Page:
There are numerous empirical studies and tons of anecdotal evidence from board evaluations showing that directors feel they spend too much time on routine and operational matters and not enough time on key areas like strategy and talent. I agree completely!


If you are a fan of Dr. Stephen Covey, here's how one of my favourite lessons applies to the boardroom.




A Proposition for You - Value Proposition, That Is

My favourite and most often used lesson from Stephen Covey is from the Seven Habits of Highly Effective People. Yup, one of his much earlier works.


He talks about prioritizing work by using a matrix for urgency and importance, like the one below.


Areas 3 and 4 both tend to be filled with busy work that is often a priority for others, but not really for you, so I'll leave those two alone and move on to the good stuff.


Area 1 holds those Urgent and Important things that we have to get done sooner rather than later. For management teams a lot of this is the day to day business and operations. For many boards, this is where they feel like they spend too much time.


Area 2 holds the Important and Not Urgent items. Those Things That Add Value Over Time and Ensure Long Term Success. These are the areas that management often has limited time to focus on in a truly tactical way. (Don't get me wrong, management spends a lot of time in these areas, but often it is in a "Day to day, gotta keep the place running and meet our commitments." kind of way instead of a "How are we set up for the most successful future?" kind of way.)


Important and Not Urgent work (with a long term perspective) - like strategy and succession - is where that highly talented, experienced and wise advisory team - your board, can add the most value. Find ways to use their time to its best advantage.




An ideal to strive for is to set aside some time every week to do some Important and Not Urgent (Area 2) work from your own desk - even if it is just for an hour or two.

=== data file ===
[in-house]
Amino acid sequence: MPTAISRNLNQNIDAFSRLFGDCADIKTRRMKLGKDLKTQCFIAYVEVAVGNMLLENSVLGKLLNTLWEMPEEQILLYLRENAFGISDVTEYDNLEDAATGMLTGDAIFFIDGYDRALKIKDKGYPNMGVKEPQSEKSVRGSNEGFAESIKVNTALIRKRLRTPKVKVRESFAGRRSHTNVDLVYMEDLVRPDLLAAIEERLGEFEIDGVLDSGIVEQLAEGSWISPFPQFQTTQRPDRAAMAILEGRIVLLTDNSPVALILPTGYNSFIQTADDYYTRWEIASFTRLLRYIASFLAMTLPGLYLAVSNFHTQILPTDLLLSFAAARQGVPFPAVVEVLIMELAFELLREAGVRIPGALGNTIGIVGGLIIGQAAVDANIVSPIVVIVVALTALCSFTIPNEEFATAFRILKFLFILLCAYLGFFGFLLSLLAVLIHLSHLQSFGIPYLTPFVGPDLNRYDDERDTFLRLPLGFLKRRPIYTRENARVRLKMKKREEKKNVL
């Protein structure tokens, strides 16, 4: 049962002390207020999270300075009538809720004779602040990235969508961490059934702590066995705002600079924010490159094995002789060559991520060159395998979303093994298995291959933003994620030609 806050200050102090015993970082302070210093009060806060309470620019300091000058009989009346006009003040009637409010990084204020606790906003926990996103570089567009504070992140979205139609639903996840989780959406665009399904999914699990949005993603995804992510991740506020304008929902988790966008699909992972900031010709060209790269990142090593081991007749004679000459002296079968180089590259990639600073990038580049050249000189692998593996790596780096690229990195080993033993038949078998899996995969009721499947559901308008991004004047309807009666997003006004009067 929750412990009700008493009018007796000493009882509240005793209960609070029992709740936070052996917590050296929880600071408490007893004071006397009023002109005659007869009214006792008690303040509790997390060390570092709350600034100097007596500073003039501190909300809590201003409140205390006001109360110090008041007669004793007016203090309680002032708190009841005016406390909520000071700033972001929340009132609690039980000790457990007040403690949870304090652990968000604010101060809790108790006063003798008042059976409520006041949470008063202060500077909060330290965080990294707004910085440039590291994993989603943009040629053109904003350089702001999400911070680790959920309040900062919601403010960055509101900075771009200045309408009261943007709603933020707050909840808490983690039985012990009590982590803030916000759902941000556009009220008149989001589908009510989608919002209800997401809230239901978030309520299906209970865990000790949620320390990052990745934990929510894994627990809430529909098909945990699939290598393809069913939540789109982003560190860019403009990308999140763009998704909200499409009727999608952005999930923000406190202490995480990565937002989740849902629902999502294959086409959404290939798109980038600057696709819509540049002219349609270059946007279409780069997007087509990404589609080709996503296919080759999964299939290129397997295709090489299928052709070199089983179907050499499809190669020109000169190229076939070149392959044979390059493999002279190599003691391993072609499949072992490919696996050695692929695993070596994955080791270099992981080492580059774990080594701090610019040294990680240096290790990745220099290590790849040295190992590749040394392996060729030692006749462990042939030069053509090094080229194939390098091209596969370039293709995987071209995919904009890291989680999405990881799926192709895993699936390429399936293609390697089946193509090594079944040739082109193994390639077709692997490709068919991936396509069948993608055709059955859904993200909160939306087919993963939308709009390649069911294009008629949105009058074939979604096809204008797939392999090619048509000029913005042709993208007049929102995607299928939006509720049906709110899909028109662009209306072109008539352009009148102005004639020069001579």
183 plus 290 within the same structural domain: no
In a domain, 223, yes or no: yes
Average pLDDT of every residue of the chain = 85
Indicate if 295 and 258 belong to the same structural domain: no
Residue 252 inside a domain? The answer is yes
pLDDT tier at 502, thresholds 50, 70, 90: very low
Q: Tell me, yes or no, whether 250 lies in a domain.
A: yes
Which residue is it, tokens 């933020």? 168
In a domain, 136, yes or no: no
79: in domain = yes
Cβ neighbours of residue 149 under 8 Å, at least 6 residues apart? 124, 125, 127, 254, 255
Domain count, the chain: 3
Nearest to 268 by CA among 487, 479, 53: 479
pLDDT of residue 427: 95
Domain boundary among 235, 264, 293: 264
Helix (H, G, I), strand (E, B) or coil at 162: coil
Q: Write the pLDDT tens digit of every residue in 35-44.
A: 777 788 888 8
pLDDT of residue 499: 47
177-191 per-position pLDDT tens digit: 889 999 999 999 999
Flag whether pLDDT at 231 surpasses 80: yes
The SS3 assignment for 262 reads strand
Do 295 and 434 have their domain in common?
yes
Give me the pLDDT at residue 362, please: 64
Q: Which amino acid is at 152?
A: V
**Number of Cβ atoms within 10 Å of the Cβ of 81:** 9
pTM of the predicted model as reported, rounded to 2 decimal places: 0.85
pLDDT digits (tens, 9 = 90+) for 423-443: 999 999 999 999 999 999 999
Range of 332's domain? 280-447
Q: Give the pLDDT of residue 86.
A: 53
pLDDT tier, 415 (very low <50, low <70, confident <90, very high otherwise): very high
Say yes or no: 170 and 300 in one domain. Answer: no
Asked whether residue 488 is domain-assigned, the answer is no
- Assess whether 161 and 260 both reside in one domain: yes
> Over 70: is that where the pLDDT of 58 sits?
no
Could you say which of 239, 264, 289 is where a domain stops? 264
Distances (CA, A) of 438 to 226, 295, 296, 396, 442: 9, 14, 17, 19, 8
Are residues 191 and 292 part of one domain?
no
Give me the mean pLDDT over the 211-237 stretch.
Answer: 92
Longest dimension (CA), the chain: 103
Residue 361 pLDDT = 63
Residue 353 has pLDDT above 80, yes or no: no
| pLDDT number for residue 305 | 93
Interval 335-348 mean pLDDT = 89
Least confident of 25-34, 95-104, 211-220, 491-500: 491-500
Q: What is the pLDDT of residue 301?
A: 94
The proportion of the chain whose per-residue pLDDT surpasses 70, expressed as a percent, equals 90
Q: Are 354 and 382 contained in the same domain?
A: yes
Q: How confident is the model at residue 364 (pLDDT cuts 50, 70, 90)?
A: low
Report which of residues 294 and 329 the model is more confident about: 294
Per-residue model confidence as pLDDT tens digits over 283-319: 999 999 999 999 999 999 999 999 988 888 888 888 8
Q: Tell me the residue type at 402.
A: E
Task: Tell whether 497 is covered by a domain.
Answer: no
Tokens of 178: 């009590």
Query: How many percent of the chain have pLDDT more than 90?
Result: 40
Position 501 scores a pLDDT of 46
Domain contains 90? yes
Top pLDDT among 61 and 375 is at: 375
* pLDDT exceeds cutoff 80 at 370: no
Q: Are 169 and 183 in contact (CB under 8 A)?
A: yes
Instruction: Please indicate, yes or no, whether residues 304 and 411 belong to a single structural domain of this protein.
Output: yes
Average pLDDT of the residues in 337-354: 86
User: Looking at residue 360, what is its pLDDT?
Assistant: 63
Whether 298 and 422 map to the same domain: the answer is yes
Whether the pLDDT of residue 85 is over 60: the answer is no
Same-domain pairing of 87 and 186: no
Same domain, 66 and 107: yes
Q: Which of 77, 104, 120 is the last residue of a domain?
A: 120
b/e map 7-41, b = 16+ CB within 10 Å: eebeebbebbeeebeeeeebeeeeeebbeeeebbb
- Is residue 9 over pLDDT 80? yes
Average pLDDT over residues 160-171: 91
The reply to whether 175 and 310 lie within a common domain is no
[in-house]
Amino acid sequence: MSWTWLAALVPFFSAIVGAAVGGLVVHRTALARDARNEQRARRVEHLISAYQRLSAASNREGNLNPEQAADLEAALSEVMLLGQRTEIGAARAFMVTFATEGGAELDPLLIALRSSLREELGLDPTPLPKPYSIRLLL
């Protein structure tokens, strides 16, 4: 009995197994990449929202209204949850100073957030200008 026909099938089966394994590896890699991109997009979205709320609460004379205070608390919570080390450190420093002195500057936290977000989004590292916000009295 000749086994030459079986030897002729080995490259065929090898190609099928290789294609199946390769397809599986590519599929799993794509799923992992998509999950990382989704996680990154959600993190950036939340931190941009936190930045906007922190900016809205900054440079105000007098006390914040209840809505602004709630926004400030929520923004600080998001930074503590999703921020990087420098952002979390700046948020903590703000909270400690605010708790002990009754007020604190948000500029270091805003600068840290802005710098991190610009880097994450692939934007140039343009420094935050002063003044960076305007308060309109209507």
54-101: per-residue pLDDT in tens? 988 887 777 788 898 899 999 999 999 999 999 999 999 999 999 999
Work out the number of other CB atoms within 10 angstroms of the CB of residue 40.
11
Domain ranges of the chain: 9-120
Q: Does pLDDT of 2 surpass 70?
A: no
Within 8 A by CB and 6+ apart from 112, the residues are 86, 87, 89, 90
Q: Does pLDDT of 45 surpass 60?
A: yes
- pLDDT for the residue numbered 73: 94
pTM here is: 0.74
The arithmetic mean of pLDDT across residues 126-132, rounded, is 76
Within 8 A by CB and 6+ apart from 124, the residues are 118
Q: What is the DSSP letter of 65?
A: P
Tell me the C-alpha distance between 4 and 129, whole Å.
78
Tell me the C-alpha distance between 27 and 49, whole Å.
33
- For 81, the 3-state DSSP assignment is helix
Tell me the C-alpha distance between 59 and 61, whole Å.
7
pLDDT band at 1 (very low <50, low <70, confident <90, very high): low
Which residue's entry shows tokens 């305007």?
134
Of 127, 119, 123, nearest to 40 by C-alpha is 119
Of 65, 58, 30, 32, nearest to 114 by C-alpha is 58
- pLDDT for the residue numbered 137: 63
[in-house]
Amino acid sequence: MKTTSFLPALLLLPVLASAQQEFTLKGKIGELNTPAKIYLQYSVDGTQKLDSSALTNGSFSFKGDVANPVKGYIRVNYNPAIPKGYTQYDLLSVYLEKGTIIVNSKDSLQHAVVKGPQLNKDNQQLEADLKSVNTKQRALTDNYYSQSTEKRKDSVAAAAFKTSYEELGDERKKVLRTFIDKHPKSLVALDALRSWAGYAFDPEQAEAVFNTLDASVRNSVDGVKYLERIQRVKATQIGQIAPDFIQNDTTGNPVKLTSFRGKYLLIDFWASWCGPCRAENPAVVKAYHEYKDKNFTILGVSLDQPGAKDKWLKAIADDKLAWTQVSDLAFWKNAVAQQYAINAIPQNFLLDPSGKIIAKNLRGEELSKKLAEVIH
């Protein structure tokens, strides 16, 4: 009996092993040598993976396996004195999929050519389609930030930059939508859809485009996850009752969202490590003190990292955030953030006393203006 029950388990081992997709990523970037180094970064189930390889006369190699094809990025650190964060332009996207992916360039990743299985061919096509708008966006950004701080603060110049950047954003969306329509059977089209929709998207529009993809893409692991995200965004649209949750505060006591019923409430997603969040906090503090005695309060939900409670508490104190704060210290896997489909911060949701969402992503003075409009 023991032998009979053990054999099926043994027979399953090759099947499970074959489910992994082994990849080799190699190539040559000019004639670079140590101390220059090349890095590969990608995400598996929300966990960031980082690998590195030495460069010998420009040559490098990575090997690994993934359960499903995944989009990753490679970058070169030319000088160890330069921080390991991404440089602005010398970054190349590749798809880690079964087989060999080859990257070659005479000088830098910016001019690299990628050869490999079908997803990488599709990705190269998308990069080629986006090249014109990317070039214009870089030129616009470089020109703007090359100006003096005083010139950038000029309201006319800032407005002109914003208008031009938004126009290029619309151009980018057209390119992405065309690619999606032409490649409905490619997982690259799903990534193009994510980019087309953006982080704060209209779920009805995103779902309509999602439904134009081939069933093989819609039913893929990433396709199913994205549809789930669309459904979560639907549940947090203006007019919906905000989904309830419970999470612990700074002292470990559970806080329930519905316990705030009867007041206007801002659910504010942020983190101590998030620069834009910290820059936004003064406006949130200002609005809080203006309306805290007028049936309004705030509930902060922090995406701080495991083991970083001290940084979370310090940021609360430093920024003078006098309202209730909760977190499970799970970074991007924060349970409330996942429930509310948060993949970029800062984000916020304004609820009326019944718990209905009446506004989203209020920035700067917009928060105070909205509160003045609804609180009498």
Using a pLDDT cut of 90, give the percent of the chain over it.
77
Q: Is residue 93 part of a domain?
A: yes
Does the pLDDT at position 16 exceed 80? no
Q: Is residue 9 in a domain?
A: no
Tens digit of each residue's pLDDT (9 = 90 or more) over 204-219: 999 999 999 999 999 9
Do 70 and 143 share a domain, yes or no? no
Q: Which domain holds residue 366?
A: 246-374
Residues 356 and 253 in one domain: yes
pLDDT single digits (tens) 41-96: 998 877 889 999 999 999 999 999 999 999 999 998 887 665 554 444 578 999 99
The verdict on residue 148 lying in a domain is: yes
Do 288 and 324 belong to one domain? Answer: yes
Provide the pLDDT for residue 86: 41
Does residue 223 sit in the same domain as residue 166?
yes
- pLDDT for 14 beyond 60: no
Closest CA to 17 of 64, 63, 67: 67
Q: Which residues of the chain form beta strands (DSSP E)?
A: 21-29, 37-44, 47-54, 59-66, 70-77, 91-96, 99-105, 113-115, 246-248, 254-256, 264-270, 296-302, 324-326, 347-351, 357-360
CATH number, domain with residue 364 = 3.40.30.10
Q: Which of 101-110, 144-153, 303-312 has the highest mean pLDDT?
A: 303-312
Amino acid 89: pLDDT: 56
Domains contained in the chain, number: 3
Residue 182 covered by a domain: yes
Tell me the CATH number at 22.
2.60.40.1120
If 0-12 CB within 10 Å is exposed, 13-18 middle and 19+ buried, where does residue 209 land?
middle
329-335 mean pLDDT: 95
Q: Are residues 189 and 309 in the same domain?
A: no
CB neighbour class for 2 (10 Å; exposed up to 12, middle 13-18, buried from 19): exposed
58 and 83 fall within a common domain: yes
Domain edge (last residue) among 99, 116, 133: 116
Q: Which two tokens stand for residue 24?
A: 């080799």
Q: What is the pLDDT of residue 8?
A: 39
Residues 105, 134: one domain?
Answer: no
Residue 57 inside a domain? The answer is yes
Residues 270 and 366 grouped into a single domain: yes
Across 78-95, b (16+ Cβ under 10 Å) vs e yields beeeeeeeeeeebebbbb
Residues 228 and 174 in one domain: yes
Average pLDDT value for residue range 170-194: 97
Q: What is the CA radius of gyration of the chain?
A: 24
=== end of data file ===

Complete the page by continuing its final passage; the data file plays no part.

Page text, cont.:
And... When planning for your next board meeting, see how much of their time is spent in Area 1 (operations and routine matters) and consider how they could get to more of the truly important, but not urgent, work themselves. Maybe that is through adding an in camera (private) session at each meeting, or moving the routine items to the end of the agenda, instead of trying to get them out of the way at the beginning.


Shifting the board's focus over time will Add Value to Every Seat at the Boardroom Table and Get the Corporate Secretary Home in Time for Dinner.


Send me an email at Sylvia@GovernanceStudio.ca if you have a question about a governance practice or a corporate secretarial procedure.

I will reply to you privately. With your permission, I will share the question and answer (but not your name or organization) in an upcoming newsletter.


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Shout Outs

Special thanks this week to Saqib Tariq at Minuteman Press Beltline for helping me through the maze of decisions for the new Governance Studio print materials!

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